Since the resolution treatment according to the present method is carried out with hydrogen fluoride gas without directly acid-resolving the semiconductor films with resolution solution, it becomes possible to achieve detection with an extremely high sensitivity. The impurity content of the hydrogen fluoride gas used in the present device is extremely low, since it is the gas that has evaporated out from the hydrofluoric acid solution, even if the solution contains a certain amount of impurities. Therefore, the impurity content of the solution collected for samples is correspondingly low also. If evaporation is done by heating the hydrofluoric acid solution, then the impurities in the solution tend also to evaporate out, giving rise to a possibility of increasing the impurity content of the hydrogen fluoride gas. This is the reason why it is desirable to have evaporation at the room temperature in the range of 20.degree. C. and 35.degree. C.EXAMPLES OF THE INVENTION
Here, we will further explain the present invention with reference to some examples. The resolution treatment according to the present invention was carried out in the following ways.EXAMPLE 1
The impurities in the SiO.sub.2 films (232 .ANG. thick) prepared on Si wafers by thermal oxidation, was resolved by means of the device in accordance with the present invention to be examined with the flameless atomic absorption spectrophotometer.
The conditions for resolution and measurement were as follows.
(1) Conditions for resolution of films . . . hydrofluoric acid (50%): 100 ml, temperature: 30.degree. C., spatial volume of the sealed container: approximately 16,000 cm.sup.3, and the time left standing for resolution: 60 minutes.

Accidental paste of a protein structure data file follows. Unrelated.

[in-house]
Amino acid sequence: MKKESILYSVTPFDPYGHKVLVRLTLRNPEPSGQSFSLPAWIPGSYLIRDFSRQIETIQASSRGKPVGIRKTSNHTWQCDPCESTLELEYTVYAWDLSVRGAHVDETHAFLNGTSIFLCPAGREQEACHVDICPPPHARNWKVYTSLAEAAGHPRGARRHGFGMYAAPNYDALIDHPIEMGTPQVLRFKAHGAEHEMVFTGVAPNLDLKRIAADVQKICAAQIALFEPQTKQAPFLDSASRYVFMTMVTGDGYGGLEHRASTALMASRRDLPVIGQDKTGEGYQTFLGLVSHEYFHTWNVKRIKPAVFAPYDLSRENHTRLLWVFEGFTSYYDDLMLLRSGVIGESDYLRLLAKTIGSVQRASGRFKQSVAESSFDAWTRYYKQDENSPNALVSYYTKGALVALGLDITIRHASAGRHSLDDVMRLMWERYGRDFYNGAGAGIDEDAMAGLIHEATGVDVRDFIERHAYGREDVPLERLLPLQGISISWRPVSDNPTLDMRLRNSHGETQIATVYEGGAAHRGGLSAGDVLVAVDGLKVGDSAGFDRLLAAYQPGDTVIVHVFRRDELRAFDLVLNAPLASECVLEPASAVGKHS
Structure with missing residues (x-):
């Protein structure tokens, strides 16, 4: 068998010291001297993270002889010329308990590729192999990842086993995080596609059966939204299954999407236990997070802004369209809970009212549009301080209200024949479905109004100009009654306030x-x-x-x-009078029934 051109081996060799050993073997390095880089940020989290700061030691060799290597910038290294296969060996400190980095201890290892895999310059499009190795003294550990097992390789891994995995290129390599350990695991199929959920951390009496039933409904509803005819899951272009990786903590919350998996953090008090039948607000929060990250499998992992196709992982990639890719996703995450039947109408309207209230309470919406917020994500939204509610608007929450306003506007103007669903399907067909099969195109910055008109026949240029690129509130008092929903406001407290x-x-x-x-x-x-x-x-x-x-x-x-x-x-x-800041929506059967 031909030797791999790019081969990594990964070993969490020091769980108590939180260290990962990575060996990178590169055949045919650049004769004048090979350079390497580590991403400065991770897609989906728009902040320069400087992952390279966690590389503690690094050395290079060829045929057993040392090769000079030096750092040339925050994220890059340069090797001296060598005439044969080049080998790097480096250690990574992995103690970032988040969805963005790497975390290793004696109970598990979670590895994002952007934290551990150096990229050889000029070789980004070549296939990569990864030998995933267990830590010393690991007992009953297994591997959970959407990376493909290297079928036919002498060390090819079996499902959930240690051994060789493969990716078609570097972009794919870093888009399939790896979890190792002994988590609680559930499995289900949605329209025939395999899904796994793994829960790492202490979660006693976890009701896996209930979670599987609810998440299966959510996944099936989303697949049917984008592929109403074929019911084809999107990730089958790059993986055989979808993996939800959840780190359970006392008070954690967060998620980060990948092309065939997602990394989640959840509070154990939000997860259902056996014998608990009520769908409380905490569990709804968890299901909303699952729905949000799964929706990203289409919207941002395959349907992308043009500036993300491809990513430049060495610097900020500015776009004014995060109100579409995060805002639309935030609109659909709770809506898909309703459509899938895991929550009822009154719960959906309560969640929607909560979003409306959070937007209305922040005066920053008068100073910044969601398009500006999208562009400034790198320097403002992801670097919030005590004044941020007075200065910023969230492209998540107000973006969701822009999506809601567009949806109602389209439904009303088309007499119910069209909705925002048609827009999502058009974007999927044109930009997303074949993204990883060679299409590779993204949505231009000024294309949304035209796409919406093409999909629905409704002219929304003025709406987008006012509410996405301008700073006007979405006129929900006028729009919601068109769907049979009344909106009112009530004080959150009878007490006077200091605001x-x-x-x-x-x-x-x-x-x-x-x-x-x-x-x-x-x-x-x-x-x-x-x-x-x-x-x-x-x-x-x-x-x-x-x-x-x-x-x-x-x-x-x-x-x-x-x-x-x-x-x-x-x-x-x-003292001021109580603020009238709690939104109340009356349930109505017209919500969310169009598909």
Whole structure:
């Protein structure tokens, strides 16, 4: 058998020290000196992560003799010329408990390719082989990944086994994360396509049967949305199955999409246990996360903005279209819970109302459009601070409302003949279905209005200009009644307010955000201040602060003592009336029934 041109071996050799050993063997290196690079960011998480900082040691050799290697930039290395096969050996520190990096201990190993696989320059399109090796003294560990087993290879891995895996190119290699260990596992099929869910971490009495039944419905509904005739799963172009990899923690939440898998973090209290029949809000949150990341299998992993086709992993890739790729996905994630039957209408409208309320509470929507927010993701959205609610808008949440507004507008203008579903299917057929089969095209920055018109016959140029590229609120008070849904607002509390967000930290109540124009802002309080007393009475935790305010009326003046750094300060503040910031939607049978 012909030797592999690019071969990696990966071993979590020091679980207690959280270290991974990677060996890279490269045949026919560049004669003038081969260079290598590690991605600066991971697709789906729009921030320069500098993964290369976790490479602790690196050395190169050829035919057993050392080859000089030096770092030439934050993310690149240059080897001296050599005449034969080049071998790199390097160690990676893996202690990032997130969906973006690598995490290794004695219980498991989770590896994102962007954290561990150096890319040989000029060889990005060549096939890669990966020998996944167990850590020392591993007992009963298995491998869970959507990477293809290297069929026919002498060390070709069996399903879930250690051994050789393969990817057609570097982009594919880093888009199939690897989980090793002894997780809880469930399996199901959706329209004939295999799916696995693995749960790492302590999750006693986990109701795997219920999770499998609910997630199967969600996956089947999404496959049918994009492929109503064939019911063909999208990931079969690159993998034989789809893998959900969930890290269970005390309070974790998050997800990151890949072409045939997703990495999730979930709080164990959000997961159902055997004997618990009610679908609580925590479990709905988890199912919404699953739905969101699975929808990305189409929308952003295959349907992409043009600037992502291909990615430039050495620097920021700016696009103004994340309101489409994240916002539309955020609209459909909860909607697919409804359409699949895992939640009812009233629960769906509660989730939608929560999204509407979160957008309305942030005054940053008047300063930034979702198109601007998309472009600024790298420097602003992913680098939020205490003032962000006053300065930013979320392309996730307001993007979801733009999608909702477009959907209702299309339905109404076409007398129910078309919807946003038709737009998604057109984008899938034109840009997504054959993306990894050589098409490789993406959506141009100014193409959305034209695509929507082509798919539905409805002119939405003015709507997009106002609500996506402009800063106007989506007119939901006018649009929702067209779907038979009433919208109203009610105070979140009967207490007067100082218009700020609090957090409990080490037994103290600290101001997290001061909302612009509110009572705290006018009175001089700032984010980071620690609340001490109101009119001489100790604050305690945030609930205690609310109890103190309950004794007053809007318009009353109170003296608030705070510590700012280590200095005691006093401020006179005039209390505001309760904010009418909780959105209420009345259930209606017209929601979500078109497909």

(2) Measurement conditions for flameless atomic absorption spectrophotometry . . . drying: 30 seconds at 120.degree. C., ashing: 30 seconds at a predetermined temperature (For Na: 600.degree. C., K: 700.degree. C., and Fe and Cr: 1,000.degree. C.), atomization: 8 seconds at a predetermined temperature (For Na: 2,500.degree. C., K: 2,700.degree. C., and Fe and Cr: 2,800.degree. C.), carrier gas: argon at 100 ml/min, but 0 ml/min during atomization, wavelength of measurement: 589.0 nm for Na, 766.5 nm for K, 248.3 nm for Fe, and 359.4 nm for Cr, light source for correcting the interference absorption: used halogen-tungsten lamp for analysis of Na and K, and deuterium lamp for analysis of Fe and Cr.
Under the conditions described in the foregoing, it was possible to analyze 4.times.10.sup.-12 g/cm.sup.2 for Na, 1.times.10.sup.-12 g/cm.sup.2 for K, 2.7.times.10.sup.-11 g/cm.sup.2 for Fe, and 5.times.10.sup.-13 g/cm.sup.2 for Cr. In contrast, with the prior art method of combined direct acid resolution--flameless atomic absorption spectrophotometry; (1) Conditions for resolution of films . . . resolved films in 10 minutes at 30.degree. C. with mixed acid solution of 5 ml of hydrofluoric acid (50%), 0.1 ml of sulfuric acid (96%), and 5 ml of pure water. After evaporating and drying the decomposed solution for 2 hours at about 160.degree. C., it was diluted with 5 ml of pure water. (2) Measurement conditions for flameless atomic absorption spectrophotometry . . . same as the conditions described earlier; it was not possible to detect Na, K, and Fe of less than 2.times.10.sup.-10 g/cm.sup. 2 and Cr of less than 1.times.10.sup.-10 g/cm.sup.2, due to impurities in the reagents used.EXAMPLE 2
By resolving impurities in SiO.sub.2 films (3000 .ANG. thick) prepared on Si wafers by the LPCVD method, by means of the resolution device according to the present invention, and by examining the samples with the flameless atomic absorption spectrophotometer; (1) Resolution conditions for films . . . 100 ml of hydrofluoric acid (50%), at temperature of 30.degree. C., about 16,000 cm.sup.3 of spatial volume of the sealed container, and 120 minutes of time for resolution and leaving as it is. (2) Measurement conditions for flameless atomic absorption spectrophotometry . . . same as the conditions in example 1., it was possible to analyze 3.3.times.10.sup.-11 g/cm.sup.2 for Na, 2.2.times.10.sup.-11 g/cm.sup.2 for K, 7.8.times.10.sup.-10 g/cm.sup.2 for Fe, and 3.4.times.10.sup.-12 g/cm.sup.2 for Cr. By the prior art method (same conditions as for the existing method given in example 1), however, it was not possible to detect Na, K, and Cr, except for Fe: 8.times.10.sup.-10 g/cm.sup.2.EXAMPLE 3